Medicare reimbursement changes lessen regional disparities for home health services
Research Activities, February 2010, No. 354
From the mid-1980s to mid-1990s, Medicare's costs for providing home health services soared from $2.6 billion to $17.5 billion a year, and spending in each Medicare region varied greatly. Medicare's introduction of two payment systems in 1997 and 2000 adjusted this regional variation in home health services by clamping down on how many home health visits a beneficiary could receive and who would provide care during the visits, according to a new study by John D. FitzGerald, M.D., Ph.D., of the University of California, Los Angeles, and colleagues.
Medicare's payment systems slightly affected regional variations in how many visits patients recuperating from joint replacement surgery could receive. For instance, in March 1996, patients who underwent surgery for hip fractures in the Dallas area received 72.5 home health visits in 120 days, but patients in Seattle received only 28 visits. By September 2001, visit numbers had fallen to 37.3 in Dallas and 18.3 in Seattle. The national average also fell from 47.1 visits in 1996 to 24.3 visits in 2001.
Cost control measures had little effect on Medicare regions with the highest and lowest use of home health services, however. In 1996 the Boston, Atlanta, and San Francisco regions offered home health services at high rates for joint replacement patients while the Chicago, Seattle, and Kansas City regions were not as generous. By 2001, the rankings stayed mostly the same, except that Dallas took Kansas City's spot in the bottom ranking.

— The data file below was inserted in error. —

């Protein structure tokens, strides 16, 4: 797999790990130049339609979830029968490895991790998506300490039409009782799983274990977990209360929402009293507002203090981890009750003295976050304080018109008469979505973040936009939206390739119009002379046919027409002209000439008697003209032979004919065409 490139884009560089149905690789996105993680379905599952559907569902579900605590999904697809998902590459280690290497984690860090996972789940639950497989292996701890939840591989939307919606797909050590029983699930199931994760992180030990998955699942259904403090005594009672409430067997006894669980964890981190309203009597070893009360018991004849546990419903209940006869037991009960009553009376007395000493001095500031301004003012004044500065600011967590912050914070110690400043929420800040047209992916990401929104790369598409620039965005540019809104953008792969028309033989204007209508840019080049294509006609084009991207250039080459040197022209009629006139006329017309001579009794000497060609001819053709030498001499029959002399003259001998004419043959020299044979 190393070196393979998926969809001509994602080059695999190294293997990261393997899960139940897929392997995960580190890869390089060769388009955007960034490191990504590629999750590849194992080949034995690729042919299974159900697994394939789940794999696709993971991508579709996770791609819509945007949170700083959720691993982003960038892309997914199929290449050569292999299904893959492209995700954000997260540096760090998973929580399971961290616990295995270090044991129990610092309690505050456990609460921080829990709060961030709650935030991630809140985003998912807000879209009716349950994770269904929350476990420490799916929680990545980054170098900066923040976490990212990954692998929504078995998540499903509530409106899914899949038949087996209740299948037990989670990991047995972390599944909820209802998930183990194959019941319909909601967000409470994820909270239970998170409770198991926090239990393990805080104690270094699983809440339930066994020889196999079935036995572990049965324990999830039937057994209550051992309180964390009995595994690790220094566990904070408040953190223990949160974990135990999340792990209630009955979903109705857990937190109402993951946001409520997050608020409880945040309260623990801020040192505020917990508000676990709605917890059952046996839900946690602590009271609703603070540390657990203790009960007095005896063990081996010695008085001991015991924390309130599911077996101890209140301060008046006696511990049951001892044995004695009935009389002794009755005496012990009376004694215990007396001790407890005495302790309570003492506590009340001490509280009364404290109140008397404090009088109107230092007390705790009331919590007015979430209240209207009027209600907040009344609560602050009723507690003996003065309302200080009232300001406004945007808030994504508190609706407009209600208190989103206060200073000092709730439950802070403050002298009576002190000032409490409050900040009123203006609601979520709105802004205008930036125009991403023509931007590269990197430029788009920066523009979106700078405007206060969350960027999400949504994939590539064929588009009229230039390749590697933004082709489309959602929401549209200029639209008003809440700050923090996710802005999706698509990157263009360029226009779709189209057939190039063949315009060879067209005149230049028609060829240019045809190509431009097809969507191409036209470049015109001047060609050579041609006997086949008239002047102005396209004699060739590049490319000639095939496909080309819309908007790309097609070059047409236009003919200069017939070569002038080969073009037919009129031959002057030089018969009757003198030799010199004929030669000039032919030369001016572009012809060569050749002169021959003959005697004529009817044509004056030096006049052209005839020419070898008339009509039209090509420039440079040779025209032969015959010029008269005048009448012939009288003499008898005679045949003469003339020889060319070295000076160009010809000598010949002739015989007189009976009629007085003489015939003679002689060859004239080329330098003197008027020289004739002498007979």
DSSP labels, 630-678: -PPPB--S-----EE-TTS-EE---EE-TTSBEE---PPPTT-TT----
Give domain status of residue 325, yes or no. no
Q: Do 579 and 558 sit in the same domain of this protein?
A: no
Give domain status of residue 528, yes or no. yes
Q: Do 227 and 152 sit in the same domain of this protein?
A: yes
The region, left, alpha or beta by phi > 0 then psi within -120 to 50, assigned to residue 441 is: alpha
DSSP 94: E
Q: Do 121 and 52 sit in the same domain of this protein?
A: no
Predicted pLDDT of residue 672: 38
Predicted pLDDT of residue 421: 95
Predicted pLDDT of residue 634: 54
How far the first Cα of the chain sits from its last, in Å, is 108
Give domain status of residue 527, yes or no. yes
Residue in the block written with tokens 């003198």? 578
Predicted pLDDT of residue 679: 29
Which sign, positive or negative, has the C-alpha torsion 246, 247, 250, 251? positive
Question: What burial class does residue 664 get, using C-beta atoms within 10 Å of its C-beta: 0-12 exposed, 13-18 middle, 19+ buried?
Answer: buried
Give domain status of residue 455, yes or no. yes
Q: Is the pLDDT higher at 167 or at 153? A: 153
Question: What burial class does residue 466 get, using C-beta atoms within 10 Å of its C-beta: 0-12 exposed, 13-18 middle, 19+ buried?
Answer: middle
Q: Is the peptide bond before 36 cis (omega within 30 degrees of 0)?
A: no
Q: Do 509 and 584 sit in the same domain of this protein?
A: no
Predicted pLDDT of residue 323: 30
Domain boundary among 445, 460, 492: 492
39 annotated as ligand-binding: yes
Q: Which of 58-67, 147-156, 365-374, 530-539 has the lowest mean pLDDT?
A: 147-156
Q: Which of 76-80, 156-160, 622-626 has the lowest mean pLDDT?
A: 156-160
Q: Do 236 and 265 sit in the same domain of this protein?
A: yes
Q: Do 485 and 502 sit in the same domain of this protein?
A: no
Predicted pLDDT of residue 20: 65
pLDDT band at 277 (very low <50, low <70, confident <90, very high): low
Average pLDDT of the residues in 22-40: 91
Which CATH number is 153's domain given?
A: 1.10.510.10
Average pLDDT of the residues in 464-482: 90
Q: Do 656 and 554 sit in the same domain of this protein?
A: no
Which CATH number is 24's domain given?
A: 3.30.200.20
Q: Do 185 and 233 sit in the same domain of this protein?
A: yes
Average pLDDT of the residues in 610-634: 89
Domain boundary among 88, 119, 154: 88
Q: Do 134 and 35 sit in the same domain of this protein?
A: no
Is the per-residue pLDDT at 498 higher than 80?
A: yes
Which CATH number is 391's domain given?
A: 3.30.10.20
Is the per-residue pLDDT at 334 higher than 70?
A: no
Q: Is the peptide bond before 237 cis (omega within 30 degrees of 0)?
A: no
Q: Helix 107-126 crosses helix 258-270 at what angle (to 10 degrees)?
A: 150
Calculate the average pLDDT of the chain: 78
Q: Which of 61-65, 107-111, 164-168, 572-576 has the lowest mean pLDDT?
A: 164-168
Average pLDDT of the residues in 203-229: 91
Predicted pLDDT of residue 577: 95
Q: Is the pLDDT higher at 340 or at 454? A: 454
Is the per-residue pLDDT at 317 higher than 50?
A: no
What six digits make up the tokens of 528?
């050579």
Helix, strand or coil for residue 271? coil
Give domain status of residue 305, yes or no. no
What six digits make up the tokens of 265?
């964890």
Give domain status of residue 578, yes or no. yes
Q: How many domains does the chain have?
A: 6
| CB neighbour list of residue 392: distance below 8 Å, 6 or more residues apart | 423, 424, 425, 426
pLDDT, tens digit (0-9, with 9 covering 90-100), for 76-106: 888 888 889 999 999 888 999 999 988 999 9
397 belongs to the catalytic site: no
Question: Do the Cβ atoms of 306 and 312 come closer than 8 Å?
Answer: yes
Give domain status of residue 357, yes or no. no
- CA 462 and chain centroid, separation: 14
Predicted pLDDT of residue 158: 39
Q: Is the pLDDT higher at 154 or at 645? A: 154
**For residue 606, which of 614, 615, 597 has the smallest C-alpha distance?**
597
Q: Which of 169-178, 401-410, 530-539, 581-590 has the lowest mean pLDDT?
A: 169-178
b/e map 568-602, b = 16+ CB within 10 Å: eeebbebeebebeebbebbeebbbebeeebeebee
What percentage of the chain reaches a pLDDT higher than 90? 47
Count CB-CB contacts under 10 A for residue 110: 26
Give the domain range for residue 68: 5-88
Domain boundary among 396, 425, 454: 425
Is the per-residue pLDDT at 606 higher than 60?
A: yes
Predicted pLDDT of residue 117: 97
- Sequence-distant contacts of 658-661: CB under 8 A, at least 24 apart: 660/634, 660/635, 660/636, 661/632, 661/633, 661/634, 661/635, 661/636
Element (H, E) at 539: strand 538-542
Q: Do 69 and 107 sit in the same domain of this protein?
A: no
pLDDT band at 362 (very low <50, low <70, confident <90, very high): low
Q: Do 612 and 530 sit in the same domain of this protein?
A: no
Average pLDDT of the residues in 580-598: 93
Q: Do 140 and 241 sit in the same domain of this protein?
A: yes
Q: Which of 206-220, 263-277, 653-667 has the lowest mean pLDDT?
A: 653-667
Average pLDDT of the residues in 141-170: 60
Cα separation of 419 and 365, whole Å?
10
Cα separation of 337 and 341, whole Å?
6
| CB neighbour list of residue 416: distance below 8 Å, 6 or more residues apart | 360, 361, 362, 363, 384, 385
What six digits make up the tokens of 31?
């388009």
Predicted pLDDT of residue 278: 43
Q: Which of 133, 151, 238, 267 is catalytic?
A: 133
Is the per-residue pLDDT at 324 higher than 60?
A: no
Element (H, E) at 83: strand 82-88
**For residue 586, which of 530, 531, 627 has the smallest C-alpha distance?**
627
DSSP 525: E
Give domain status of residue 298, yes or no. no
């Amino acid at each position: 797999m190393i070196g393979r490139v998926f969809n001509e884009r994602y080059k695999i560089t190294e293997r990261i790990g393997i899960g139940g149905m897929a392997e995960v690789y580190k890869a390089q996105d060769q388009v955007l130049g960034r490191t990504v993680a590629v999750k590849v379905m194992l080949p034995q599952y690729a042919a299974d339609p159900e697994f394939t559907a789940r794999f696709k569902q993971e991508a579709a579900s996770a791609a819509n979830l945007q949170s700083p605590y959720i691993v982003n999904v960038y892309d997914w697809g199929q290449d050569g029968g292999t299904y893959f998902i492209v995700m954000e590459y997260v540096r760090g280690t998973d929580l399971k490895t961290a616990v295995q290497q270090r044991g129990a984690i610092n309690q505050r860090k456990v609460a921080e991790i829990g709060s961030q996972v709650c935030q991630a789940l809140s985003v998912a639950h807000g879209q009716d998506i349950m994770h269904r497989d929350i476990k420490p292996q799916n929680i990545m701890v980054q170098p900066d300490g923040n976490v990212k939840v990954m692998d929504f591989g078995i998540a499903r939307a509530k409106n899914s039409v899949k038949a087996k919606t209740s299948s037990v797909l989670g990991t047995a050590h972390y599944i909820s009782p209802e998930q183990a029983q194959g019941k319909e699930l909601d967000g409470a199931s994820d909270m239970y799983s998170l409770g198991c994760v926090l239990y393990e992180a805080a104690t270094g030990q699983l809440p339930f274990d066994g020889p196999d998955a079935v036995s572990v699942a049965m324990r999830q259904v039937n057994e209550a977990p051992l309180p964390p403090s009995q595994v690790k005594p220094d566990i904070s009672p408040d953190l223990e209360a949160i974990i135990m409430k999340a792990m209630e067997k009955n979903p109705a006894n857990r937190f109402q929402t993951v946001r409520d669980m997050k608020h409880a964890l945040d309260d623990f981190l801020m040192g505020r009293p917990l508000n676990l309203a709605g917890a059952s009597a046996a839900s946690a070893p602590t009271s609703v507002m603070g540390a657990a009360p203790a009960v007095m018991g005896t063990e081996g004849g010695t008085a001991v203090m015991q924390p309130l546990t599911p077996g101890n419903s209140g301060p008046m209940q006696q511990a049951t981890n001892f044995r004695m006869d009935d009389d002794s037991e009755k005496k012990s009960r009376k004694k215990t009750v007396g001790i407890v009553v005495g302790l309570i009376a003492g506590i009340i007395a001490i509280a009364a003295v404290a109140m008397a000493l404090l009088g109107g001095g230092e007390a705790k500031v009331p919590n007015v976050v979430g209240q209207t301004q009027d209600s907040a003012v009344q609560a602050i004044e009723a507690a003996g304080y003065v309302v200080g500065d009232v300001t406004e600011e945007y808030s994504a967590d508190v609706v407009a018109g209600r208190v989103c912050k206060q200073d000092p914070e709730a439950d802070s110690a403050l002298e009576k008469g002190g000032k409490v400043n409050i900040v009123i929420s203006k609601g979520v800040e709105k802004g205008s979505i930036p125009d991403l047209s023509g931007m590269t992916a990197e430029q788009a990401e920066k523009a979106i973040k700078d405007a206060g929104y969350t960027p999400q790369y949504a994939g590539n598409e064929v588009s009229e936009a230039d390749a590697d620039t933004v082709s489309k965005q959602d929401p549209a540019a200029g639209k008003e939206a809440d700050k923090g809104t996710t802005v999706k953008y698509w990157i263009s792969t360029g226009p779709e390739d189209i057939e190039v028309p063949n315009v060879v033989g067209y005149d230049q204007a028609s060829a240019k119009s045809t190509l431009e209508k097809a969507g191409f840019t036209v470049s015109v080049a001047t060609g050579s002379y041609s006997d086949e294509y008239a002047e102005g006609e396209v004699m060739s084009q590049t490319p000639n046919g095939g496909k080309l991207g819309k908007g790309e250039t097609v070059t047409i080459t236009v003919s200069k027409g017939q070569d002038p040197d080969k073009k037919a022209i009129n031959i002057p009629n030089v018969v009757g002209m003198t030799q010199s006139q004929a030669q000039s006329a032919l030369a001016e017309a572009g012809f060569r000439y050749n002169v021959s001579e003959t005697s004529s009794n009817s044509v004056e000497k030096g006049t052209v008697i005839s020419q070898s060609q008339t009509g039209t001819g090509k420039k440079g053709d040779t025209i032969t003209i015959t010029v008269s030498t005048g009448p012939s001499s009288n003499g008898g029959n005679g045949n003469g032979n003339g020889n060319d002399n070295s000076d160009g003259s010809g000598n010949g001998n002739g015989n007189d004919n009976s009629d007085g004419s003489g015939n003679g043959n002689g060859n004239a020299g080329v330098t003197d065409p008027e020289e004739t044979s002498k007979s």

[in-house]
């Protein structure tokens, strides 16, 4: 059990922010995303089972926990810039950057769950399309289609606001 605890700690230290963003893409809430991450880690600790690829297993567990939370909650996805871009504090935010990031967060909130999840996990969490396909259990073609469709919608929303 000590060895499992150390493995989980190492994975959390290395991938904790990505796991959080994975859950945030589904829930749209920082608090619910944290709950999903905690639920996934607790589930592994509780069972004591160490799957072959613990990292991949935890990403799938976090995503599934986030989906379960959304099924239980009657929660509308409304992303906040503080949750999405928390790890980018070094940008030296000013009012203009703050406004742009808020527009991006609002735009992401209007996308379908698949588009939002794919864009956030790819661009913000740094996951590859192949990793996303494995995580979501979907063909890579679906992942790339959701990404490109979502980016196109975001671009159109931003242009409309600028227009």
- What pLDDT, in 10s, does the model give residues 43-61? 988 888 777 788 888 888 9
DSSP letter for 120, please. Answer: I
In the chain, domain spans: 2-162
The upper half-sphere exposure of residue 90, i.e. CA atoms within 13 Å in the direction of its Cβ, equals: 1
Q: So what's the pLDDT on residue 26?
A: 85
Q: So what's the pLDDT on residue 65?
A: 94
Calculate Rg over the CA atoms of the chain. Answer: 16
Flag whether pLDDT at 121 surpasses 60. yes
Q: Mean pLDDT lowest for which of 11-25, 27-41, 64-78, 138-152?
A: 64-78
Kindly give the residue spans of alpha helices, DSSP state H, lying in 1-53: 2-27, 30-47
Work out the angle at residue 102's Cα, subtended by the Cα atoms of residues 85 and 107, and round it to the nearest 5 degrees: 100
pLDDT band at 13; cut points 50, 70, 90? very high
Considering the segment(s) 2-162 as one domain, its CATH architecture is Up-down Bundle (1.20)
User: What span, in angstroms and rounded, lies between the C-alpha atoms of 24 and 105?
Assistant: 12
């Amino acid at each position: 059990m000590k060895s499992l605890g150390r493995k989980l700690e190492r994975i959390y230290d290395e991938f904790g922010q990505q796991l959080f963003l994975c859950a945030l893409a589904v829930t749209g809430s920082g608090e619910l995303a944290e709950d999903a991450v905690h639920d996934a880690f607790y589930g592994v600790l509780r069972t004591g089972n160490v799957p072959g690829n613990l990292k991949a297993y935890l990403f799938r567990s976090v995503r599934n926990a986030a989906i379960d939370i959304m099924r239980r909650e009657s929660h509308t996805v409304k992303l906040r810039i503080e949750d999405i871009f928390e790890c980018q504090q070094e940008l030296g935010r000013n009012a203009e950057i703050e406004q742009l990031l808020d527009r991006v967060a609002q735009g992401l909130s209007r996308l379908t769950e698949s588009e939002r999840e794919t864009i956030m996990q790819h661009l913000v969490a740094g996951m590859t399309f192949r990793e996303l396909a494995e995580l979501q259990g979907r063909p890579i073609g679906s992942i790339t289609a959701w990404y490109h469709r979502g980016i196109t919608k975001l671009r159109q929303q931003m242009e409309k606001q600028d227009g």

Visits from home health aides, not physical therapy or nursing services, took the biggest cuts. In fact, the number of home health aide visits fell 39 percent for patients with joint replacements and 42 percent for patients with hip replacements. The authors were uncertain if the visit reductions were accompanied by poor outcomes or if family members became burdened with home care duties. This study, which examined Medicare claims data for patients who had surgery for joint replacement or hip fractures between 1996 and 2001, was funded in part by the Agency for Healthcare Research and Quality (HS13168).
See "Changes in regional variation of Medicare home health care utilization and service mix for patients undergoing major orthopedic procedures in response to changes in reimbursement policy," by Dr. FitzGerald, W. John Boscardin, Ph.D., and Susan L. Ettner, Ph.D., in the August 2009 Health Services Research 44(4), pp. 1232-1252.